The editorial page of The Wall Street Journal is known for its conservative tone, but its latest editorial would stand out even in the pages of its left-leaning peers.
The editorial, published online Tuesday night, was an extraordinarily harsh rebuke of President Trump, calling him “his own worst political enemy” and asserting that he was damaging his presidency “with his seemingly endless stream of exaggerations, evidence-free accusations, implausible denials and other falsehoods.”
In particular, the editorial board pointed to Mr. Trump’s unsubstantiated claims that former President Barack Obama tapped his phones. “The President clings to his assertion like a drunk to an empty gin bottle,” the editorial said, even though senior intelligence officials, as well as Republicans and Democrats, have said they have seen no evidence to support Mr. Trump’s accusations.
The paper’s editorial and opinion writers have been critical of Mr. Trump in the past, though the language of the latest editorial, which ran in Wednesday’s paper, seemed intended to remind the president to focus on his stated goals rather than distractions.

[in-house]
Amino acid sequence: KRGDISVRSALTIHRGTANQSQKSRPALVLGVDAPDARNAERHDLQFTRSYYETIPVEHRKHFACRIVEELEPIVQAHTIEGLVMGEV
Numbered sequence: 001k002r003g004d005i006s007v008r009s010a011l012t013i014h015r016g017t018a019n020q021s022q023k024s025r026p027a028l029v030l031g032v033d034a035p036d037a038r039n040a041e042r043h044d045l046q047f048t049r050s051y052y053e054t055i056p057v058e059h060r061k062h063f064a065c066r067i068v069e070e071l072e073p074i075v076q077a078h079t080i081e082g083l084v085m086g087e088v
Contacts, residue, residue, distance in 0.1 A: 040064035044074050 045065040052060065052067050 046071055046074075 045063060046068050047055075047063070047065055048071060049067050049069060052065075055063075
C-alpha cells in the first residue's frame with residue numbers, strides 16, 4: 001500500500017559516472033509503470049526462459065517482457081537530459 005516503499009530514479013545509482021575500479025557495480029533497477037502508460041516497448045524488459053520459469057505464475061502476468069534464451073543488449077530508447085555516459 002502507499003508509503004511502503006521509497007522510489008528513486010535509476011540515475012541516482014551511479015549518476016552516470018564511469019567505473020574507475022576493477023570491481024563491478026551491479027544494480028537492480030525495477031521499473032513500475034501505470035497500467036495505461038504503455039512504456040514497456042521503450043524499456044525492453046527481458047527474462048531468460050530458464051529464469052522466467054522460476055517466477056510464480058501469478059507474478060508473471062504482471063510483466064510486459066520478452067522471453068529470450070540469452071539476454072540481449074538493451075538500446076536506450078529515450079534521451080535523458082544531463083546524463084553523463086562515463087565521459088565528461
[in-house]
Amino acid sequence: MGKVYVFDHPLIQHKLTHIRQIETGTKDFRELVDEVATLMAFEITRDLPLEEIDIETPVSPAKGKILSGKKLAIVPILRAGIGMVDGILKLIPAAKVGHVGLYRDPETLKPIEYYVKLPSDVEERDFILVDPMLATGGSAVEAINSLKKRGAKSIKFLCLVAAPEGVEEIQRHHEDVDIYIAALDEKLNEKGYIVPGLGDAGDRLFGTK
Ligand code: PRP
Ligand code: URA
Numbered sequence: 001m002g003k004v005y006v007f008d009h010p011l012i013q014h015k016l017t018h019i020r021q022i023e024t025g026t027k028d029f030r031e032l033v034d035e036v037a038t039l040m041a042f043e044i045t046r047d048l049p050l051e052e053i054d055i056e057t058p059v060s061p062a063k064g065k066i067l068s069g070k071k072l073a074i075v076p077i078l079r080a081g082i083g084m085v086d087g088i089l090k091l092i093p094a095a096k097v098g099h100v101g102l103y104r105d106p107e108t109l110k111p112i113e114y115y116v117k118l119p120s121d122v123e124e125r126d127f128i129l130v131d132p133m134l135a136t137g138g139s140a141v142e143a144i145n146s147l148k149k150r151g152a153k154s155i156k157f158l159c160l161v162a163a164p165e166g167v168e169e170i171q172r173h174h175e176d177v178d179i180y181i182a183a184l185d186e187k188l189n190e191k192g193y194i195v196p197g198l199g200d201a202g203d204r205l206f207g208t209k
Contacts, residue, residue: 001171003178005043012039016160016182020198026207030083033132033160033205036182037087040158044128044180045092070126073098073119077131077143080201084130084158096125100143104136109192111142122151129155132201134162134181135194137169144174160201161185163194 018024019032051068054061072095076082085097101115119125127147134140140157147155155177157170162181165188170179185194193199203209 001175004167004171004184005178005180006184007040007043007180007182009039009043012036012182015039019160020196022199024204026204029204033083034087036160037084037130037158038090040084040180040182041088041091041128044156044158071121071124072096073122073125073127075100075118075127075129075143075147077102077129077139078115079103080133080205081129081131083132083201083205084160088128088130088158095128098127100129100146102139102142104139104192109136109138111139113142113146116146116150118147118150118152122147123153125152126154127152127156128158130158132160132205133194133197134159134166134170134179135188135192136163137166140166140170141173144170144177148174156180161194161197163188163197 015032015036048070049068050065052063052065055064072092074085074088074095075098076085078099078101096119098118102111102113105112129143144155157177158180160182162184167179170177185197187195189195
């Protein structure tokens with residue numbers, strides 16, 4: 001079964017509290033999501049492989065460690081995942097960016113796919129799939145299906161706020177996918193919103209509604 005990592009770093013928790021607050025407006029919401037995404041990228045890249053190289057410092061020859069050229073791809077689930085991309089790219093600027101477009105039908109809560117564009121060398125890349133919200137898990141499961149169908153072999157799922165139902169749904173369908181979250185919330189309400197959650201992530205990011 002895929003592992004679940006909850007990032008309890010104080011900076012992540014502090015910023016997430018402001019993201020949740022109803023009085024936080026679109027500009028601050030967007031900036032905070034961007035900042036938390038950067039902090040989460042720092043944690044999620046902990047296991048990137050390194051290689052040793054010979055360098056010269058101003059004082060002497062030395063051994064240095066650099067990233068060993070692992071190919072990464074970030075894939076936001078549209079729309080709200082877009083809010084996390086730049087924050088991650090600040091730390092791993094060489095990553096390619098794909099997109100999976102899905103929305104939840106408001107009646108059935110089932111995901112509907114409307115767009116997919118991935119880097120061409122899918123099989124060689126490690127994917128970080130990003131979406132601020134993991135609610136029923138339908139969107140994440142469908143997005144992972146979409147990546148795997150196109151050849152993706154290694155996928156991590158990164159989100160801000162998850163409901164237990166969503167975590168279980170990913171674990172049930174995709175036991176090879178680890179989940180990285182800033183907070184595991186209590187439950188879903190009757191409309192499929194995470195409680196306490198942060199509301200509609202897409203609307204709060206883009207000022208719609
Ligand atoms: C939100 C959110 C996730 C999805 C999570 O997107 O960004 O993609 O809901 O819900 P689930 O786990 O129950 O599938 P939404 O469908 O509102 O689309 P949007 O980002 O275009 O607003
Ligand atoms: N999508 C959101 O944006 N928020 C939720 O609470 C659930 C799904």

In a statement, a spokeswoman for The Journal said, “The editorial speaks for itself,” and declined to make Paul Gigot, the editorial page editor, available for an interview.
The editorial, titled “A President’s Credibility,” criticized President Trump for “rolling out his press spokesman to make more dubious claims,” namely repeating an unsupported allegation by a Fox News commentator that British intelligence had wiretapped Mr. Trump on behalf of the Obama administration. Like The Journal, Fox News is controlled by Rupert Murdoch.
The editorial concluded: “Two months into his Presidency, Gallup has Mr. Trump’s approval rating at 39 percent. No doubt Mr. Trump considers that fake news, but if he doesn’t show more respect for the truth most Americans may conclude he’s a fake President.”
When the editorial went online, it immediately garnered attention on social media.
The editorial board has tweaked Mr. Trump before. During the Republican primary, when Mr. Trump was one of many candidates to be the party’s presidential nominee, it took an amused, sometimes disdainful attitude toward him, which did not go unnoticed by its target.
As of Wednesday afternoon, Mr. Trump had not tweeted about The Journal’s editorial.